But Muslims, especially in France, have nothing to apologize for. This does not mean they shouldn't take a stance and condemn these acts of violence as individuals. Collectively, however, apologizing implies responsibility – one that is not theirs to bear.

The only responsibility "Muslims" (whatever that means) have is to confront forces of repression, whether internal or external, and that does not mean apologizing for being a Muslim. And yes, I do think, that there is a lot that individuals within Muslim communities should and can do in combating fundamentalism and narrow-thinking, but that does not mean they should be collectively punished, harassed, mocked or immediately grovel when events like yesterday’s occur.

I make the same argument for any group; just like we shouldn't attack or punish all Jews for the brutal crimes of Zionism, or all Christians because of the horrors of colonialism, and the same holds true for Muslims. This is an important distinction that fundamentalists, of varying stripes, do not make and we must.

In fact, I argue that the French state has the largest share of the blame for:

a) Not creating a system that allows certain communities to assimilate easily into society. I'm talking politically, socially, and economically;

b) Pursuing a foreign policy that is destructive of other societies, and furthers repression;

c) Not coming to full terms, acknowledging, and apologizing for a history of military occupation and intervention in the North African and West Asian region (as well as elsewhere in the world). This is a history that continues to shape actions, ideas, and positions today, and has yet to be adequately confronted within French society;

d) Being supportive and part of the political support of states like Saudi Arabia (the beating heart of ferocious Islamic fundamentalist tenets) and Israel (the nation of Zionism, a racist and violent ideology, born out of ethnic cleansing and continued incremental genocide).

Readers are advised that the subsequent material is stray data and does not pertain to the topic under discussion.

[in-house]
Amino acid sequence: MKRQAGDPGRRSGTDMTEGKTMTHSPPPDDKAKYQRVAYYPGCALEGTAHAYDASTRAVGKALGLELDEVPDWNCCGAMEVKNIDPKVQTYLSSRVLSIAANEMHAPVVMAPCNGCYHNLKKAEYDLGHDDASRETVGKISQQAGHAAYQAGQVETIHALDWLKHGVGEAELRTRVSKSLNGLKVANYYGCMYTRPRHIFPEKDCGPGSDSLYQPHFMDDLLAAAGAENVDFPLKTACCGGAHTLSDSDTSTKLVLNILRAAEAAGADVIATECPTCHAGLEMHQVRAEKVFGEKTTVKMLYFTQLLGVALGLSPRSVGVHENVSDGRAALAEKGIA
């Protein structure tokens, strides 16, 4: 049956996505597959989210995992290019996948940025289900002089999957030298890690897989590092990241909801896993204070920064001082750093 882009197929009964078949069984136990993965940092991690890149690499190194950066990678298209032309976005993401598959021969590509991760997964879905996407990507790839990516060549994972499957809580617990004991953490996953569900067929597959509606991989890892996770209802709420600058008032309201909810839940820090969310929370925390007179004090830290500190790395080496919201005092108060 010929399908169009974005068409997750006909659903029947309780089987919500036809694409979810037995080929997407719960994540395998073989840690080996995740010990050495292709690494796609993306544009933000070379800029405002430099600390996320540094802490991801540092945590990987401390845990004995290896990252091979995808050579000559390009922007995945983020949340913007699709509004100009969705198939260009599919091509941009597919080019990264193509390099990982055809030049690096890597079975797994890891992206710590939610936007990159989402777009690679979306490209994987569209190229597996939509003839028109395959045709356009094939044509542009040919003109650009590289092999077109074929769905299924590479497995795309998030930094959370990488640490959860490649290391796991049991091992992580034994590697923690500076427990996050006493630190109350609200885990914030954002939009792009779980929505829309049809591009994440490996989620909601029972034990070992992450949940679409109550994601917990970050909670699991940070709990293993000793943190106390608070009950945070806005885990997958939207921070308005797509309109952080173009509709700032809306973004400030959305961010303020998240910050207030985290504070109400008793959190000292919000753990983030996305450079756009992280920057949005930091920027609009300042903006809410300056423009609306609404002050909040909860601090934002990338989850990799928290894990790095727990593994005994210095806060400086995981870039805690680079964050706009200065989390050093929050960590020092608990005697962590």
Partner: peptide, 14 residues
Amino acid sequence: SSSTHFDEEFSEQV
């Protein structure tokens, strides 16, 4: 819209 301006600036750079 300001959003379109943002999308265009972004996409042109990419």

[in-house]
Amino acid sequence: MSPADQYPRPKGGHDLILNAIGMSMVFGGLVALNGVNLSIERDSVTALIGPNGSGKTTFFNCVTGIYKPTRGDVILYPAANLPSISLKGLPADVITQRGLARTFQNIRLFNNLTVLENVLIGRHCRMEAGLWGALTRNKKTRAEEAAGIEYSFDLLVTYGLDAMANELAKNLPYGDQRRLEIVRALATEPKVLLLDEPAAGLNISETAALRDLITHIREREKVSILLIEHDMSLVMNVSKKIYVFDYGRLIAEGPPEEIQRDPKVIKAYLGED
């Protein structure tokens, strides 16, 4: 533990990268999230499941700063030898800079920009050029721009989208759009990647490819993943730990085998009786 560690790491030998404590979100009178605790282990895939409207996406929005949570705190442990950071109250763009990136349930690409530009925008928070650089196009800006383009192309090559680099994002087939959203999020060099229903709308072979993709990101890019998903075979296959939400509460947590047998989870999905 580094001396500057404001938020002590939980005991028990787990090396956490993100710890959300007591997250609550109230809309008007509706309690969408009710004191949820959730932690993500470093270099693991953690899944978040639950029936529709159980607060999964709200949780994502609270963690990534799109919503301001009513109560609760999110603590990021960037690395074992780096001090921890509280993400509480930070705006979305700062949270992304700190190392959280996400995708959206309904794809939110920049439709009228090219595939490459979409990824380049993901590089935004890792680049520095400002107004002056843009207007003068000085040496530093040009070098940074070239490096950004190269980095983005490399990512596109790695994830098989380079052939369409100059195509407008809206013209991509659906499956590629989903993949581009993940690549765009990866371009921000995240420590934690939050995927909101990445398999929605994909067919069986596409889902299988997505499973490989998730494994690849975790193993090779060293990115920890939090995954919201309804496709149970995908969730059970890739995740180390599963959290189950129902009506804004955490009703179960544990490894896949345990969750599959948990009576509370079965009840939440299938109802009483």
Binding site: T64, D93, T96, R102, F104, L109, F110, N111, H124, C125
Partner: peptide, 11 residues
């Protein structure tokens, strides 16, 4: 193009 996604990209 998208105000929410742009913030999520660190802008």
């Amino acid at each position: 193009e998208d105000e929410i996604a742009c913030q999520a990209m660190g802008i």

We need to understand context. We need to understand history. We need to understand power dynamics and inequalities.

Terrorism, or as I define it, political violence, and indeed most violence, does not happen in a vacuum, and without understanding the historical and contemporary strands, we will be dragged deeper into a cycle of violence, counter-violence, and destruction. We need to understand that these men who committed these acts are not “foreign entities” but most likely are a product of French society, a society that does not make integration easy for everyone.

Much of the reaction yesterday and today calls for blood. It is a position that is reactionary.

And even then, it's interesting how it seems that one society's call for blood is more acceptable than another's...

And we arrive to one last point, and this is about the value of lives. I have witnessed on social media and on news agencies a flurry of articles, statements, and dismay about the lives lost in Paris. Twelve people have died, people are horrified, and rightly so.

Yet, on the same day, a car bomb exploded in Sanaa, Yemen, killing at least 38 people. At least nine people, including two children, have died in attacks in Afghanistan, and an unknown number of dead as the violence rages in Syria and Iraq.

What is true today, and has been true for a while, is that 'white' lives matter more. It garners more of an emotional reaction. It horrifies, and causes dismay, shock, and tears. Their faces and names will be etched in collective memory. Politicians will read eloquent, heart-felt eulogies.

Black and Brown misery and deaths, on the other hand, have become so normalized, so accepted, so routine. They are numbers, footnotes, and statistics. There was no personalized video message by US Secretary of State John Kerry, speaking in the language of the victims, that offered sadness over the killing of seven pro-Syrian regime journalists after gunmen attacked their offices in June 2012. There were and are no Twitter hashtags for the dead civilians who were killed by French airstrikes during their military adventures in Mali, North Africa, and elsewhere. No one paid attention to the (terrorist?) bombing of the Colorado Springs offices of the NAACP (National Association for the Advancement of Colored People) on January 6.

Lives are simply not equal. We must ask ourselves why? To quote the American philosopher Judith Butler, “Who counts as human? Whose lives count as lives? And, finally, What makes for a grievable life?”

These are key questions that are necessary and the answers can help us move on collectively, and the answers, I think, offer more solutions that simply hunting down and killing “terrorists.”


This article is jointly published with Al-Akhbar English